This Writer’s Block, It Might Come As A Shock!

typewriter

Writer’s block. The dreaded feelings of terror, despair and hopelessness. The fingers are poised, the cursor is flashing, almost taunting, but nothing happens. You stare at the screen, paralysed. What’s going on? Will I ever break out of this funk? Panic begins to set in as you try desperately to find inspiration. But it’s futile. This ain’t happening. But why? And, more importantly, is there anything I can do about it?

Why you’re struggling is down to you as an individual, and as such, almost impossible to pinpoint, like searching for a needle in the proverbial haystack. But there may be some common reasons why you’re struggling:

Perhaps it’s just the wrong TIME – you have a few ideas, but they’re just not ready to come out, and need a little further development.

Related to this is the idea of getting things PERFECT – you’re not prepared to write stuff that’s second best (in your opinion, at least). Until something is perfect in your mind, you’re won’t put pen-to-paper, or fingers-to-keyboard. As the Canadian writer, poet and essayist Margaret Atwood once said,

“If I waited for perfection, I would never write a word.”

 

But maybe the biggest thing holding you back is FEAR – fear of embarrassing yourself, scared that your putting your thoughts out there will lay you bare to criticisms from friends (and strangers) and you are just not ready to face that kind of reaction.

fear signSo how to conquer the fear? The first step is admitting that you are afraid of failure. But as soon as you realise and accept failure being a natural stage of any kind of progress, you’ll make progress towards becoming a better writer. Recognise that every failure means you are getting closer to success, and if you can dismiss the notion of humiliation and embarrassment, you will begin to relish the challenge and experience of writing.

Before we consider ways to banish the dreaded ‘Writer’s Block’, let’s look at a few things which definitely won’t help you in the battle!

  • Watching box sets on Netflix.
  • Wallowing in self-pity and refusing to write until ‘inspiration’ strikes. Spoiler: it won’t!
  • Procrastinating, making excuses or finding other stuff that desperately needs doing. You know, sorting the shed, painting the bathroom, stuff you’ve been putting off for a number of years already. It does not need sorting now!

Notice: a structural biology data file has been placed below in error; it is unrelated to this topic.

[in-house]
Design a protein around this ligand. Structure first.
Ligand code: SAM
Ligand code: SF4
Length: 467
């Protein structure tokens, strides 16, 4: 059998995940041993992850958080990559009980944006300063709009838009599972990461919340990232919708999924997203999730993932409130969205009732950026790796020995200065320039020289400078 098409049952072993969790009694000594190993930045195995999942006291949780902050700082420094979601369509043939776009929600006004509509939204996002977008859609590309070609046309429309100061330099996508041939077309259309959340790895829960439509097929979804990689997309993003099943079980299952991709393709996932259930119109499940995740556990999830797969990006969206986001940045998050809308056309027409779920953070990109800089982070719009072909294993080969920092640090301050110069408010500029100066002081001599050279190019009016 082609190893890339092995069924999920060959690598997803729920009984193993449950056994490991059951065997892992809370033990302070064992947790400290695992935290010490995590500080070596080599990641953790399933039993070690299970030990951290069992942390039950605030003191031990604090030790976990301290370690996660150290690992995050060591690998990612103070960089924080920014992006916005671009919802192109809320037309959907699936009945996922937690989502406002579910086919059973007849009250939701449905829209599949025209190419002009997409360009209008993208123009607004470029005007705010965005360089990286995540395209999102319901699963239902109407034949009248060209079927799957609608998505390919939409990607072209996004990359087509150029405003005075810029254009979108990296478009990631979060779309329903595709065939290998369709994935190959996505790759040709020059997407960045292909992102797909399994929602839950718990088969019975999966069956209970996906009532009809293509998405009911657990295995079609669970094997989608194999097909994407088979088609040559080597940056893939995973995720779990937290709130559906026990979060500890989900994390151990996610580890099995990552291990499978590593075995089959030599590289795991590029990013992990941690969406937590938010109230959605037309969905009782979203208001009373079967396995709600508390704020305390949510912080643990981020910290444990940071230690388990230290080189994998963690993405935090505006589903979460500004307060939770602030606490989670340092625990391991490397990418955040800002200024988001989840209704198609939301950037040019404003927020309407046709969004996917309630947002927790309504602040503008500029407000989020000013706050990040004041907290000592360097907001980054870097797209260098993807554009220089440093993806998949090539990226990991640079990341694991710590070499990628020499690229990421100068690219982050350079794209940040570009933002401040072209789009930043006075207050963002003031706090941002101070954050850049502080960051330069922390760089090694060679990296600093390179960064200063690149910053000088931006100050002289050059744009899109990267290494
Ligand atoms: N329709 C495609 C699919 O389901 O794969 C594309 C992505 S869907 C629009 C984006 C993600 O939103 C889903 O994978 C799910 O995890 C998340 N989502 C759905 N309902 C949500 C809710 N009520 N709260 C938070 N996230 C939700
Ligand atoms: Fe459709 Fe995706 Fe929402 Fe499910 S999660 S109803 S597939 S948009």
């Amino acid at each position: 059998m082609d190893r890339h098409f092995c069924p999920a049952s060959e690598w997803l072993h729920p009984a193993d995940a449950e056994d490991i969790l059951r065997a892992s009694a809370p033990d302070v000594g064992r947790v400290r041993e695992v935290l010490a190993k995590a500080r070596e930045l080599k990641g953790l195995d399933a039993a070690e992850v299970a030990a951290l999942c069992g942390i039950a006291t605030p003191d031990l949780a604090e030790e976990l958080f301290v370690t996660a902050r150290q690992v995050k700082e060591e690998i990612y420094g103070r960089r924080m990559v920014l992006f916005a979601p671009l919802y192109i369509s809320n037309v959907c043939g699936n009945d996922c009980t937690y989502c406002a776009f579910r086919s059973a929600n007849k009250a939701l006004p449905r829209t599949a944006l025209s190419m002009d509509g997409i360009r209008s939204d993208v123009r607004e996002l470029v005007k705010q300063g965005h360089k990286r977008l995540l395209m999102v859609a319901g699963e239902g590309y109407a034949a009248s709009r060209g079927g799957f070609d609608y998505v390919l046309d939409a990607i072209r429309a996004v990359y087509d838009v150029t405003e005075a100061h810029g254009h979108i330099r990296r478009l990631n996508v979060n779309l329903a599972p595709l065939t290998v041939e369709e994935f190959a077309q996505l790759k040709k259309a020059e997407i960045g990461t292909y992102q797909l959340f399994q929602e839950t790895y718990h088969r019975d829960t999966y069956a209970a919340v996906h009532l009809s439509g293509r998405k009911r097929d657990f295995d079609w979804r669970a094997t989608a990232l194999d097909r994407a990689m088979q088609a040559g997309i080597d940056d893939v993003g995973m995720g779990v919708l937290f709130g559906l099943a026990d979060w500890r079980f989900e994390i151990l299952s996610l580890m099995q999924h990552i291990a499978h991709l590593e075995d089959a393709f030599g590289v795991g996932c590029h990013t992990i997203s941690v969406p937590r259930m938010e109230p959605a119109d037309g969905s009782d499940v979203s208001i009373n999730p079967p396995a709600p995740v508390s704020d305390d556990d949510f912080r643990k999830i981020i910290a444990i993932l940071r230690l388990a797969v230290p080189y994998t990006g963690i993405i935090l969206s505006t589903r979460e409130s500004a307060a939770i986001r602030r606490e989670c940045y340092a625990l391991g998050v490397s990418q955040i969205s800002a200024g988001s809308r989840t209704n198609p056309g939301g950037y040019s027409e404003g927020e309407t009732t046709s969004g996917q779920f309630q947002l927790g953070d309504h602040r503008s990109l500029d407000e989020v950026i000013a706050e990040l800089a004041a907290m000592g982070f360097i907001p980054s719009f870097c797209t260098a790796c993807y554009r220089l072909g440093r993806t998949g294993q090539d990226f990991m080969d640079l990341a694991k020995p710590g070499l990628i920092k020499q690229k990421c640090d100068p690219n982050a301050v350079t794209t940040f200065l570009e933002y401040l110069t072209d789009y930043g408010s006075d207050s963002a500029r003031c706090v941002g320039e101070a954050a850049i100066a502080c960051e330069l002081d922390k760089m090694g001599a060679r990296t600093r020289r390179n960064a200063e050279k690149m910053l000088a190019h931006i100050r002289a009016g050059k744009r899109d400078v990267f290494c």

Ok, enough of that. Let’s look at ways in which we can shift the dreaded cloud of doom and rediscover, in all its glory, the things we really want and need to be saying to the world. Some, maybe, all of these might work, or they might not. They may work in combination, or maybe you can just find that one little thing which unlocks the door to writing freedom.

The possibilities are limitless, and the most obvious one is to just write. Anything. Just put down a few words on anything and follow your stream of consciousness. See where it takes you. ‘Out of little acorns’ and all that. Freewrite. Choose a prompt and write – no distractions. You’ll be amazed where it leads you.

Write early in the morning. When you first wake up, your brain is still in ‘Theta mode’, the state your mind is in when you dream. High-quality and inspired writing often happens when you get up and write at 4:00 or 5:00 a.m., when distractions are at a minimum and your mind is still in that dream-like state.

Change your environment – go for a walk, a run, a swim. Meet up with friends, spend some time with people who make you feel good. Not only will a change of environment give you different things to see, hear and think about, your body will thank you for getting up off your butt and moving a little (or a lot).

brainstorm wordleRead. Anything. Magazines, books, blogs. Whatever you’re into, free your mind a little and read what other people are writing. It might just give you that spark.

Have a brainstorm. Write down on paper, rather than your computer, any ideas, however wacky, however random. This really helps clear the fog when you’ve got too much going on in your head and can’t see the wood for the trees.

Remove distractions – phone, TV, radio. Anything which takes your attention away from the task at hand. Do you really need to check Facebook right now? Surely that TedTalk can wait till later? If you really need some kind of background noise, put on some classical music, something without words to distract you.

Just try to remember that writer’s block, in so far as it exists at all, is merely a situation, a moment in time. It is not a condition, neither temporary nor long-term, and by definition it goes away the moment you begin writing again.

But if all else fails, let’s take some comfort from Charles Bukowski:

“Writing about writer’s block is better than not writing at all!”

 

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